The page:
Illustrations by Mia Nguyen. 


My girlfriend, who we will call LeAnn after legendary country-western singer LeAnn Rimes (sp?), has put on quite a bit of weight over the past year. It has definitely affected how attracted I am to her even though I have tried everything I can think of not to let that happen. But I need to be honest — when I look at her, she doesn't look like herself.   

I haven't mentioned this at all to LeAnn, but she is definitely aware of the weight she has put on and she talks about it quite a bit. Drawing attention to the change has not made it go away, and only serves to remind me of the stress that caused it and that things are different. 

I have mentioned working out together and stuff but LeAnn's schedule is not really conducive to this and she does exercise, but it is not really helping at this point. Is there any conceivable solution to my issue?

George M.

Dear George,

Over time, it is completely reasonable to change your view of a significant other. You are not going to be able to have the novelty of sexual discovery you possessed when you first met LeAnn. Sure, some people are so easily stimulated that the mere presence of a woman is enough to express lifelong devotion, but in most relationships you have to work to have that stimulation come from within and not the surface.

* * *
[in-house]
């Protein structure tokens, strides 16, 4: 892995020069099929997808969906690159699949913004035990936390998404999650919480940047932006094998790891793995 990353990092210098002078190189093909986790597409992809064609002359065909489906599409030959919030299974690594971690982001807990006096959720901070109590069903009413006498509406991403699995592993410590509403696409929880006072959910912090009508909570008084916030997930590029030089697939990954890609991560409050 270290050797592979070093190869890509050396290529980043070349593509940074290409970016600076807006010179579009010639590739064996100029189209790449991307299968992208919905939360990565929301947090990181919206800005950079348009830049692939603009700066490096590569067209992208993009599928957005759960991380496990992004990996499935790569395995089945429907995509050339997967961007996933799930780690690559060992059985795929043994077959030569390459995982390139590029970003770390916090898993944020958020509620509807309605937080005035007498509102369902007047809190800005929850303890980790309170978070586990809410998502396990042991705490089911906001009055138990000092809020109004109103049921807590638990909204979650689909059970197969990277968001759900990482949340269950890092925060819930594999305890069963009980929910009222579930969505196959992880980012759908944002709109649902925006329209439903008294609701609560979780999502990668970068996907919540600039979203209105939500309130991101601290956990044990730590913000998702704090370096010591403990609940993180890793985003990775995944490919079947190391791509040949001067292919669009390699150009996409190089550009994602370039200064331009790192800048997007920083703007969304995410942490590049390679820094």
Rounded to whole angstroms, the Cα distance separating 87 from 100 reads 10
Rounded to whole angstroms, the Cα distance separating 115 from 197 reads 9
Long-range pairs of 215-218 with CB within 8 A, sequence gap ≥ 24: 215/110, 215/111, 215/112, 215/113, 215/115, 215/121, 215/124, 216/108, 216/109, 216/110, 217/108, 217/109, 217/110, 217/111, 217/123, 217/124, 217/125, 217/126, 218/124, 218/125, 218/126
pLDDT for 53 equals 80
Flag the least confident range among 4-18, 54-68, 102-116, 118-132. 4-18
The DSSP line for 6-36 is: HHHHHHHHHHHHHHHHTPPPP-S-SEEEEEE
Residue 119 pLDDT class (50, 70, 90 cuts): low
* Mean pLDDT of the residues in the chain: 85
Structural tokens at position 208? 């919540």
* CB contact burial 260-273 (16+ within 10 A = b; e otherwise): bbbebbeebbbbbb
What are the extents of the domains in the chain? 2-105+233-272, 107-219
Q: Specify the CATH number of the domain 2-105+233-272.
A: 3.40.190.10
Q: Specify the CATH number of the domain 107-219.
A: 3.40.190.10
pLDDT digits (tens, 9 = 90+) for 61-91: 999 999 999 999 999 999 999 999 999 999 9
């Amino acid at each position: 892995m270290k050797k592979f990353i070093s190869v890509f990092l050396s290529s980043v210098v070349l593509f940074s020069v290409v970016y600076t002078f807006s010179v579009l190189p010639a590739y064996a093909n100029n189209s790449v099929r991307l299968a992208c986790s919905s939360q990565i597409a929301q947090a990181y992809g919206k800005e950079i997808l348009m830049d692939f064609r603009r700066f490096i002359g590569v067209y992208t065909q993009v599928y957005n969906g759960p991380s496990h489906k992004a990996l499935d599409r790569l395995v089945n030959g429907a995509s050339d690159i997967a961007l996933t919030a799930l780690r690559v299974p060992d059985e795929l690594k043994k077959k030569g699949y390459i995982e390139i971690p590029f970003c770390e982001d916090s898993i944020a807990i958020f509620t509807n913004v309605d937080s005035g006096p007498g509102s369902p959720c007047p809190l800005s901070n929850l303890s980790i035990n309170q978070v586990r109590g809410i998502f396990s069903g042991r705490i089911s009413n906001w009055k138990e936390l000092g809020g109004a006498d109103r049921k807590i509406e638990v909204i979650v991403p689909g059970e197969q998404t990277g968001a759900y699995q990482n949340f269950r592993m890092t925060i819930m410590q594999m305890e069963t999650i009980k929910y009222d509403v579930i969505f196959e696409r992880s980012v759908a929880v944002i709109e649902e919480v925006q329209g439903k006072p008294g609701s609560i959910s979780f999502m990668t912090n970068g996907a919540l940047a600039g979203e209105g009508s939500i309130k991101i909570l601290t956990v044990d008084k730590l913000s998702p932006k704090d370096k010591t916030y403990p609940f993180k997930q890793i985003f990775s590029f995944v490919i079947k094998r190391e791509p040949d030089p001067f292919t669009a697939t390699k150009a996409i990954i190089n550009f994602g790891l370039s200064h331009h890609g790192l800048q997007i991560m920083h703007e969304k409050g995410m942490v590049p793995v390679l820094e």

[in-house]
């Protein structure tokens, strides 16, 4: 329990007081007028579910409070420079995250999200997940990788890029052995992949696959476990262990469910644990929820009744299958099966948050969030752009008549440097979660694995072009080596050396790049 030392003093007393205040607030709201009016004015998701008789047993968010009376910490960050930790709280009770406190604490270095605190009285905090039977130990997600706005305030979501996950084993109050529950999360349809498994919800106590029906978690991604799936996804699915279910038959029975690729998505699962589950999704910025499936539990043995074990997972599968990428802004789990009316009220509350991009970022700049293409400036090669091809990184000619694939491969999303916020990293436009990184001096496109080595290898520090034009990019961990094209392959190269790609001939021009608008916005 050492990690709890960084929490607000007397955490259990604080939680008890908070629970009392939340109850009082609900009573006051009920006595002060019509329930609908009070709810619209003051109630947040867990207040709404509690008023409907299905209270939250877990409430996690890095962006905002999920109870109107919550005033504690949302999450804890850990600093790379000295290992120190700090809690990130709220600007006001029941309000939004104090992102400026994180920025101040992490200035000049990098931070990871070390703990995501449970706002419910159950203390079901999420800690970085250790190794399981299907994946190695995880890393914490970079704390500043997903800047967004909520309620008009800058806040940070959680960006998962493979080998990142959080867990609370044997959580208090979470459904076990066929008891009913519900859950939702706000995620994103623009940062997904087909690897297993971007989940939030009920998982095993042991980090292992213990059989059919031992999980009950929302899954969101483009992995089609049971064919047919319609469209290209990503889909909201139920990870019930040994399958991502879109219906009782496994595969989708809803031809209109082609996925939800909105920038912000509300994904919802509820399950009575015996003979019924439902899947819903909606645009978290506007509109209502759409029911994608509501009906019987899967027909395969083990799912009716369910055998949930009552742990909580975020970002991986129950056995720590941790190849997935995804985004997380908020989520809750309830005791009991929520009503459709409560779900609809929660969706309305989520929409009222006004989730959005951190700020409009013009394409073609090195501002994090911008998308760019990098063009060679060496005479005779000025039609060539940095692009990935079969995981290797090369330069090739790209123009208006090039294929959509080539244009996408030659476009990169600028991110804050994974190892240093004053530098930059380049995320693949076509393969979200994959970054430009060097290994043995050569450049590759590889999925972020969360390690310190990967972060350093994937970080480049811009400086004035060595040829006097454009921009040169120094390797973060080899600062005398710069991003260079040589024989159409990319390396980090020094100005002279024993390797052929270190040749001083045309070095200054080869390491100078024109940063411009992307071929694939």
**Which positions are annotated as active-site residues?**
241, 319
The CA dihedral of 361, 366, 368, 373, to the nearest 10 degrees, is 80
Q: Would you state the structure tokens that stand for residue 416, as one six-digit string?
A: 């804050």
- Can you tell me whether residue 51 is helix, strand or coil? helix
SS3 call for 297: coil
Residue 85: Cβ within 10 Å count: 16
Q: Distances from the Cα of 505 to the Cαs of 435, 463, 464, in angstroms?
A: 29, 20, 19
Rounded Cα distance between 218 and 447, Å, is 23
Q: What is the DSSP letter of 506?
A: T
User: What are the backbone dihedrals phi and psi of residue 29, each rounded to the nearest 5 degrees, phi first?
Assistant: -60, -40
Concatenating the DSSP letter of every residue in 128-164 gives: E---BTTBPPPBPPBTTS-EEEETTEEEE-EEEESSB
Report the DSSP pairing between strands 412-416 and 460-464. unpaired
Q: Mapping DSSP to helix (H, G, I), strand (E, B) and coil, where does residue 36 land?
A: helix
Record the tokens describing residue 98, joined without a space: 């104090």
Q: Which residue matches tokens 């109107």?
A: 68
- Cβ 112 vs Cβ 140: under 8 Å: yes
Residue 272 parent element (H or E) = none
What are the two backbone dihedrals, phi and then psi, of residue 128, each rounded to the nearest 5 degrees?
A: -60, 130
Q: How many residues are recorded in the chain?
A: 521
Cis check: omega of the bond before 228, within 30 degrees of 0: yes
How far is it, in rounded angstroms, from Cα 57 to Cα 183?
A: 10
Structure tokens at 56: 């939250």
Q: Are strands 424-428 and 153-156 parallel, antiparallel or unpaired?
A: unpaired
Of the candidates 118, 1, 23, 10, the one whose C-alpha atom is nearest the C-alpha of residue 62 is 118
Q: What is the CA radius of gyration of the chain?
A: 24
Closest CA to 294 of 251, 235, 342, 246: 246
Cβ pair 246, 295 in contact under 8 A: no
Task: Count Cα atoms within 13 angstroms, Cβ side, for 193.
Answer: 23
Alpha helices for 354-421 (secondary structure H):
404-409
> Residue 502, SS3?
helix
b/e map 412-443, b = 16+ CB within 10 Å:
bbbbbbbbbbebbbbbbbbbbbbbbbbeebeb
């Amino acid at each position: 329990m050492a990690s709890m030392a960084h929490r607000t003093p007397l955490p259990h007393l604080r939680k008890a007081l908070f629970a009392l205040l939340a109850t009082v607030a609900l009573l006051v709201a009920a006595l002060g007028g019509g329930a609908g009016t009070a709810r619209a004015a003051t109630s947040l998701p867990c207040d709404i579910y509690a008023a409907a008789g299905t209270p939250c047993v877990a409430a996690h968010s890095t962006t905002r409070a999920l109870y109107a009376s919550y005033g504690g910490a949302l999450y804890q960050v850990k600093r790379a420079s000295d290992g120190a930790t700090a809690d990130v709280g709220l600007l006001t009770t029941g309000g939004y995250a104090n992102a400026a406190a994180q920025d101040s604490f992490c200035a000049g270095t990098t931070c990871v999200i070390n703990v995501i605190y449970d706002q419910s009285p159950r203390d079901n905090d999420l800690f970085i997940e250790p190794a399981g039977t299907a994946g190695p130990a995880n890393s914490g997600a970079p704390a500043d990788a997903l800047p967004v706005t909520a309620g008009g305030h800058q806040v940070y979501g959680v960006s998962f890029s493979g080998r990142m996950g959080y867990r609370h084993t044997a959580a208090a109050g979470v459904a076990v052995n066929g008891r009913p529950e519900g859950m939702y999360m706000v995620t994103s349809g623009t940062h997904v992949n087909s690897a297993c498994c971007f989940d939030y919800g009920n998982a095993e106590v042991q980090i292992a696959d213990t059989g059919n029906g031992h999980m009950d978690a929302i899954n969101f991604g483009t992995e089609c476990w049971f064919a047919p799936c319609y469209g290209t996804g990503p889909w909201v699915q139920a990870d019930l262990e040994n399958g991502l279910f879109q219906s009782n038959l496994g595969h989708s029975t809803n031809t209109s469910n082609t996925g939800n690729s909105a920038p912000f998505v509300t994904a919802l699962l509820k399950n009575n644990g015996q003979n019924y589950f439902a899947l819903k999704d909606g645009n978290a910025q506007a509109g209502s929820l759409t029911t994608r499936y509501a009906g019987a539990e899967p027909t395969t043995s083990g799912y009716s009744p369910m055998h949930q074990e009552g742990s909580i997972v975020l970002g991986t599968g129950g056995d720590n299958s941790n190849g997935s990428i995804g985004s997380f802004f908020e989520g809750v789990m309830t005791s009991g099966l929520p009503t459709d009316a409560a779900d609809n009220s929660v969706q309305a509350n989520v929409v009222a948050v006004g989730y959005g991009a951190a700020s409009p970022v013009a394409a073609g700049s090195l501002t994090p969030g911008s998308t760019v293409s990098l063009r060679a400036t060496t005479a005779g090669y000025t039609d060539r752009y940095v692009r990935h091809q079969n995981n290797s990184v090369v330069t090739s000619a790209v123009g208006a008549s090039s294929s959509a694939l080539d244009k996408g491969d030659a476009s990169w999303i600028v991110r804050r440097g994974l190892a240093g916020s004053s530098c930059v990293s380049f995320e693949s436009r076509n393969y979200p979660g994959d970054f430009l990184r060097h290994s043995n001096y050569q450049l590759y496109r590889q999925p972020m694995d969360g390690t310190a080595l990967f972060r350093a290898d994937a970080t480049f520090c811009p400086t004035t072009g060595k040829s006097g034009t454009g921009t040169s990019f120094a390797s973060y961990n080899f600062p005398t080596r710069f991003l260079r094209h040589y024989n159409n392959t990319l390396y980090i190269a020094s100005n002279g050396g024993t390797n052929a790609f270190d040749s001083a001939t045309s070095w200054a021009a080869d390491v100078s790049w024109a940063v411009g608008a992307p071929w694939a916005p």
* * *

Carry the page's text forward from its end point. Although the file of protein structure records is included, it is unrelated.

Whatever the reason, getting to know LeAnn better has no doubt thrown a wrench in your view of her. Extra weight is not the entire story; you will find that even if she suddenly discovers hot yoga, things will never quite be exactly how they were. 

I would try finding the thing that is holding you back from loving LeAnn as she is. Once you find whatever that thing is and remove the obstacle, you probably won't care very much about the weight, and you will need further therapy. Maybe get out of this relationship now before it's too late.

"Automatic" - Wolf Parade (mp3)



In Which These Are The Reasons She Was Shunned

The Oracle


But who knows what good might come from the least of us? From the bones of old horses is made the most beautiful Prussian blue.

- Joy Williams, Dimmer